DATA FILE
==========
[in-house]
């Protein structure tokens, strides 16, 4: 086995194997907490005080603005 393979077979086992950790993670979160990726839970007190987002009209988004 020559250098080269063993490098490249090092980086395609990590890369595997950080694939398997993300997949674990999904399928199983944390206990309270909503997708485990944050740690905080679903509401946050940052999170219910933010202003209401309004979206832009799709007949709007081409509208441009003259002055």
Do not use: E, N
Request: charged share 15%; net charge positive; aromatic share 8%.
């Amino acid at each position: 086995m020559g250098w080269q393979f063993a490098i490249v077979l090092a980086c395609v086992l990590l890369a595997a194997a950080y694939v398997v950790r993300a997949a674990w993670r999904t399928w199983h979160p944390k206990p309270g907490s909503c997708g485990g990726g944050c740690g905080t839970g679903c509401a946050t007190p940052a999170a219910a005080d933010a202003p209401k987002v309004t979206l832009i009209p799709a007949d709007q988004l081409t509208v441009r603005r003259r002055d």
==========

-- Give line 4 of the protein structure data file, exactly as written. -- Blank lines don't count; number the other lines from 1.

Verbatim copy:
Request: charged share 15%; net charge positive; aromatic share 8%.